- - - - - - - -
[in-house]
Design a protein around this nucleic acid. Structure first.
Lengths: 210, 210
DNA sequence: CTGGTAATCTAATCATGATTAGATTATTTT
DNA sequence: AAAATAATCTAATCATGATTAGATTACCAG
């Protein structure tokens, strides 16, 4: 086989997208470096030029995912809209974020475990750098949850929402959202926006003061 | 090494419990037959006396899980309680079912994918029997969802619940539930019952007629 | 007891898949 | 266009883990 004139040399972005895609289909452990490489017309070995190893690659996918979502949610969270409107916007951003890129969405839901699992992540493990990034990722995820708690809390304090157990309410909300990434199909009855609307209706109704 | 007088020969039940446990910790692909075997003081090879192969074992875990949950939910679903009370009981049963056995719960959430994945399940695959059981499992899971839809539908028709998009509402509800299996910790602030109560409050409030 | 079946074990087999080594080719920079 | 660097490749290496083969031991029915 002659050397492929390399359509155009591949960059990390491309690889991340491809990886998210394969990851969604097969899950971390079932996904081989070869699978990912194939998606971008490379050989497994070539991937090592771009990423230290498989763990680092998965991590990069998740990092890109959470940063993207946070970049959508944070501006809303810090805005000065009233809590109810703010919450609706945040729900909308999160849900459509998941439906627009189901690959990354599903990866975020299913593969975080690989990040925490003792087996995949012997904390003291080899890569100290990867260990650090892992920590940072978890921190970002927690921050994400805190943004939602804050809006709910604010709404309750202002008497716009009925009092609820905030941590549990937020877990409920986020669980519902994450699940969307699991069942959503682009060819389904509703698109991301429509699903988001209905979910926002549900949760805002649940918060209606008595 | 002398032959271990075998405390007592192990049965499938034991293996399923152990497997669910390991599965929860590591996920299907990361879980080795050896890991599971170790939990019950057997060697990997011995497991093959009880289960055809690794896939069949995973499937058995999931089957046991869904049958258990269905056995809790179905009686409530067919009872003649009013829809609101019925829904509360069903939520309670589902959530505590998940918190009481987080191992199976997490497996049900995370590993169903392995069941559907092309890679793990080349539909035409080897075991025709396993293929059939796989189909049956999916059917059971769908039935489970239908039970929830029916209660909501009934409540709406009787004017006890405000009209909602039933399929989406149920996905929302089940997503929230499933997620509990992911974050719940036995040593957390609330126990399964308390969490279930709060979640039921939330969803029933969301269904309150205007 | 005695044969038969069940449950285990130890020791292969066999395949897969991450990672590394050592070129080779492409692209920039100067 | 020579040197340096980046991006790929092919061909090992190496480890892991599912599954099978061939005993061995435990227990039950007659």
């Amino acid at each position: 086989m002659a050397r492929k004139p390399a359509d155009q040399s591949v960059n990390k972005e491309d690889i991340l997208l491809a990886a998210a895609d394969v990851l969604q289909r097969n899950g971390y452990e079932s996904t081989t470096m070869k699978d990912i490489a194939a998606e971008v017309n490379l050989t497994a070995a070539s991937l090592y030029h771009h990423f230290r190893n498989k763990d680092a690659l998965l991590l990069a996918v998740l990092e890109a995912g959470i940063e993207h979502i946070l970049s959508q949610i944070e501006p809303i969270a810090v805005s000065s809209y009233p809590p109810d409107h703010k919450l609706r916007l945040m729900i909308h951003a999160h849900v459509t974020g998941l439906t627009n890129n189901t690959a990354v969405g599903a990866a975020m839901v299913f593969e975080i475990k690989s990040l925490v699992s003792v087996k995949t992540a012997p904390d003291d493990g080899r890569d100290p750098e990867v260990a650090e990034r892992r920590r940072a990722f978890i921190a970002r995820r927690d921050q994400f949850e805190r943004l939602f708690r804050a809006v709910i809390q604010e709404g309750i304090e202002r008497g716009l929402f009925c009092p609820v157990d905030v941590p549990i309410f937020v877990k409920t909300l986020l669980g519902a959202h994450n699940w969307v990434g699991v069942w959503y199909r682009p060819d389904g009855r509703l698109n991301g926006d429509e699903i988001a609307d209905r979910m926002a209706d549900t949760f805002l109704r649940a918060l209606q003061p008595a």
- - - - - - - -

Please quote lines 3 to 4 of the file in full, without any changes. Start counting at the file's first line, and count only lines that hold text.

Lengths: 210, 210
DNA sequence: CTGGTAATCTAATCATGATTAGATTATTTT